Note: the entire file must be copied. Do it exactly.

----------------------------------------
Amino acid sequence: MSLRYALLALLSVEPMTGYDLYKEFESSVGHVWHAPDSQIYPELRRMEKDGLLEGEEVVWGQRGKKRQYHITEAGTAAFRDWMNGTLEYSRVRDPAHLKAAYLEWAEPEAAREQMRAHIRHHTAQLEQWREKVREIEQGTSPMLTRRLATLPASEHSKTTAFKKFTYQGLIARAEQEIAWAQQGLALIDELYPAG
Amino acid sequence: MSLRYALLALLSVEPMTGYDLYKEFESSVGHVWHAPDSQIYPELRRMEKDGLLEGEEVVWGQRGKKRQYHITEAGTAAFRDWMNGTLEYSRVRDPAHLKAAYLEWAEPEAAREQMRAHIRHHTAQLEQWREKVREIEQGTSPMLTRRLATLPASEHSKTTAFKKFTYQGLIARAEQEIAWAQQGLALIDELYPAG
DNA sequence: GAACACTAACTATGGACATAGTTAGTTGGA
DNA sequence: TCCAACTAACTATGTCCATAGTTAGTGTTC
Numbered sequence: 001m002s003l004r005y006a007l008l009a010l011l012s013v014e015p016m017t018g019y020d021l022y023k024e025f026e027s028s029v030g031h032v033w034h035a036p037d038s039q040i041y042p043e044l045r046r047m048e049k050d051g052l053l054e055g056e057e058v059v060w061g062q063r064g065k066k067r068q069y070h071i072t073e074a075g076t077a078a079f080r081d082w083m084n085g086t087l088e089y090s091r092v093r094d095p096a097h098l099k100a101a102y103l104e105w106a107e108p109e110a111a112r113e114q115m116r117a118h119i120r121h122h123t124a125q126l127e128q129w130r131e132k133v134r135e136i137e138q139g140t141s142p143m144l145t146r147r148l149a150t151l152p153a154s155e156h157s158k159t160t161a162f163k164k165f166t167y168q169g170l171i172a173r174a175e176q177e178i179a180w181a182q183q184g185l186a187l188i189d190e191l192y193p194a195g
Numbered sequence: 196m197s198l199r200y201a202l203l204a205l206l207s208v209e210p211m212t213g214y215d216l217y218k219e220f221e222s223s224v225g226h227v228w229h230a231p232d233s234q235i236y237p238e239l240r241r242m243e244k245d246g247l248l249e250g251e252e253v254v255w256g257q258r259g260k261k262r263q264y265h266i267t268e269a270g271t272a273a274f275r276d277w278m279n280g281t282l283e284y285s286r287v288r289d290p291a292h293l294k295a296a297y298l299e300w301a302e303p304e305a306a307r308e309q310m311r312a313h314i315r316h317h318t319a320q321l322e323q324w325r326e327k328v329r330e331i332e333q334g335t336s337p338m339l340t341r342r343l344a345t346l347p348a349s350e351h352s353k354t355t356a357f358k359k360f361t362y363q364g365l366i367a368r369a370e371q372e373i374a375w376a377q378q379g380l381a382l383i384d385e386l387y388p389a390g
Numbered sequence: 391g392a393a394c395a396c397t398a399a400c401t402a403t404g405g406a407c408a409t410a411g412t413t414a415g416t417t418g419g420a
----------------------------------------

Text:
Amino acid sequence: MSLRYALLALLSVEPMTGYDLYKEFESSVGHVWHAPDSQIYPELRRMEKDGLLEGEEVVWGQRGKKRQYHITEAGTAAFRDWMNGTLEYSRVRDPAHLKAAYLEWAEPEAAREQMRAHIRHHTAQLEQWREKVREIEQGTSPMLTRRLATLPASEHSKTTAFKKFTYQGLIARAEQEIAWAQQGLALIDELYPAG
Amino acid sequence: MSLRYALLALLSVEPMTGYDLYKEFESSVGHVWHAPDSQIYPELRRMEKDGLLEGEEVVWGQRGKKRQYHITEAGTAAFRDWMNGTLEYSRVRDPAHLKAAYLEWAEPEAAREQMRAHIRHHTAQLEQWREKVREIEQGTSPMLTRRLATLPASEHSKTTAFKKFTYQGLIARAEQEIAWAQQGLALIDELYPAG
DNA sequence: GAACACTAACTATGGACATAGTTAGTTGGA
DNA sequence: TCCAACTAACTATGTCCATAGTTAGTGTTC
Numbered sequence: 001m002s003l004r005y006a007l008l009a010l011l012s013v014e015p016m017t018g019y020d021l022y023k024e025f026e027s028s029v030g031h032v033w034h035a036p037d038s039q040i041y042p043e044l045r046r047m048e049k050d051g052l053l054e055g056e057e058v059v060w061g062q063r064g065k066k067r068q069y070h071i072t073e074a075g076t077a078a079f080r081d082w083m084n085g086t087l088e089y090s091r092v093r094d095p096a097h098l099k100a101a102y103l104e105w106a107e108p109e110a111a112r113e114q115m116r117a118h119i120r121h122h123t124a125q126l127e128q129w130r131e132k133v134r135e136i137e138q139g140t141s142p143m144l145t146r147r148l149a150t151l152p153a154s155e156h157s158k159t160t161a162f163k164k165f166t167y168q169g170l171i172a173r174a175e176q177e178i179a180w181a182q183q184g185l186a187l188i189d190e191l192y193p194a195g
Numbered sequence: 196m197s198l199r200y201a202l203l204a205l206l207s208v209e210p211m212t213g214y215d216l217y218k219e220f221e222s223s224v225g226h227v228w229h230a231p232d233s234q235i236y237p238e239l240r241r242m243e244k245d246g247l248l249e250g251e252e253v254v255w256g257q258r259g260k261k262r263q264y265h266i267t268e269a270g271t272a273a274f275r276d277w278m279n280g281t282l283e284y285s286r287v288r289d290p291a292h293l294k295a296a297y298l299e300w301a302e303p304e305a306a307r308e309q310m311r312a313h314i315r316h317h318t319a320q321l322e323q324w325r326e327k328v329r330e331i332e333q334g335t336s337p338m339l340t341r342r343l344a345t346l347p348a349s350e351h352s353k354t355t356a357f358k359k360f361t362y363q364g365l366i367a368r369a370e371q372e373i374a375w376a377q378q379g380l381a382l383i384d385e386l387y388p389a390g
Numbered sequence: 391g392a393a394c395a396c397t398a399a400c401t402a403t404g405g406a407c408a409t410a411g412t413t414a415g416t417t418g419g420a